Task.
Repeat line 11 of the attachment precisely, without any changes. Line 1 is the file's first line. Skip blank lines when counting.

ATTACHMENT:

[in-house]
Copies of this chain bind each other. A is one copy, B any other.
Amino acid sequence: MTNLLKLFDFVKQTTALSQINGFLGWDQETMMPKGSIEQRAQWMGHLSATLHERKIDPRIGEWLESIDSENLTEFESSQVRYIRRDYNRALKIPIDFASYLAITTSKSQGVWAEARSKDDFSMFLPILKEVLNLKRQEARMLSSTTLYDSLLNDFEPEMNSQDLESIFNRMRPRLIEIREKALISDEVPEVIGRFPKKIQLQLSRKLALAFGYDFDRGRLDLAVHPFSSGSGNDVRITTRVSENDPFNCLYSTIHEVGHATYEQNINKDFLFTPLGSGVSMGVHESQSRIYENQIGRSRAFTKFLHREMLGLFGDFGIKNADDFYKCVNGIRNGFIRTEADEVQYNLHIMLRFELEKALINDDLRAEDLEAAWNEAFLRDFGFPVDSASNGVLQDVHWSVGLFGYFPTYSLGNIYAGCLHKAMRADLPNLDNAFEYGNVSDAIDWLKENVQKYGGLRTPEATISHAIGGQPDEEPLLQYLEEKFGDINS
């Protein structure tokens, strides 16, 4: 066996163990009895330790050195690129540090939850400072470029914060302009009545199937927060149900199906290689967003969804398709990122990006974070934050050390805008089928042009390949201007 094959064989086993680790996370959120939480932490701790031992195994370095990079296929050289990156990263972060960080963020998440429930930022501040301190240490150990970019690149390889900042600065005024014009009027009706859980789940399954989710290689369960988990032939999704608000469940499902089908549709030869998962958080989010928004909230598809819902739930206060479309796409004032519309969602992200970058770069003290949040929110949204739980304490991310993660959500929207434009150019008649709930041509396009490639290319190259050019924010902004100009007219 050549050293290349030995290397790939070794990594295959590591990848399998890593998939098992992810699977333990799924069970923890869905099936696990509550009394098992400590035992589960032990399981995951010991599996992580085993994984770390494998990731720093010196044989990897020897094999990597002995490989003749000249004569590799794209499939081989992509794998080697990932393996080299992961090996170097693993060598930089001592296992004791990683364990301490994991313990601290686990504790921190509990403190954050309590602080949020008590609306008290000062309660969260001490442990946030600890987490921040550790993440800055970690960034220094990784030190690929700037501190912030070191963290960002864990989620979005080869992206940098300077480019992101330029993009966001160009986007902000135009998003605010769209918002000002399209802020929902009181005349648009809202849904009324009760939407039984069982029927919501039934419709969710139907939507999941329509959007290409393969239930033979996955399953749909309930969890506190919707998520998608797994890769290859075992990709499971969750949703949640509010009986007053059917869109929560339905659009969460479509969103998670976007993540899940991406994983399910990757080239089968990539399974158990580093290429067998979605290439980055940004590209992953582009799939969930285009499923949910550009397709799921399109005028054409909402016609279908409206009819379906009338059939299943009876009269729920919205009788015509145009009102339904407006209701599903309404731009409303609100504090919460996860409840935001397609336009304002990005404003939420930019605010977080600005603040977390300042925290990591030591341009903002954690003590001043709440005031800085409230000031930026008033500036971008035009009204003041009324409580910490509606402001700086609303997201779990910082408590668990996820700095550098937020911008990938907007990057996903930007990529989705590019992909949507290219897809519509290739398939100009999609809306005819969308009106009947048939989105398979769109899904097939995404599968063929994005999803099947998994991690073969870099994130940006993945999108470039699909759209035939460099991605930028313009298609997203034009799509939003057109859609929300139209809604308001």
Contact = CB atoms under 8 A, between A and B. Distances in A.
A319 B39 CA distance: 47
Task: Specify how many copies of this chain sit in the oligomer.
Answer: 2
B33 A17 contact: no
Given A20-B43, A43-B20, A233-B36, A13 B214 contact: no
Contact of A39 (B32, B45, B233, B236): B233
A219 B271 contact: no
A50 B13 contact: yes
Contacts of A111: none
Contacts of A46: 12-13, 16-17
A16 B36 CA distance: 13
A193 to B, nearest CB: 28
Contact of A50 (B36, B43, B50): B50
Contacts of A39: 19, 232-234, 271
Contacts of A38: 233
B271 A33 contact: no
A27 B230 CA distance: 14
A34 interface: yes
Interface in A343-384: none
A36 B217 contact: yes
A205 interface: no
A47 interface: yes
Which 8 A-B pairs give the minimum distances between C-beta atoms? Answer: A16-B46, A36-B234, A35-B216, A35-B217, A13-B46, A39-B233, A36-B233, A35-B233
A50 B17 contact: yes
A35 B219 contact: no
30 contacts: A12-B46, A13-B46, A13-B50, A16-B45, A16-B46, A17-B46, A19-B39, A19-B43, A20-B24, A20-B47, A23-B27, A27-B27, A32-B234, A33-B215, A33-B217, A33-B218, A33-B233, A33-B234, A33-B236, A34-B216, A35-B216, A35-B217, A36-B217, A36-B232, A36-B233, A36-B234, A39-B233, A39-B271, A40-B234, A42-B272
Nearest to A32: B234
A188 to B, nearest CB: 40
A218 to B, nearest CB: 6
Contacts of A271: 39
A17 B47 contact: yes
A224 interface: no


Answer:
Contact of A39 (B32, B45, B233, B236): B233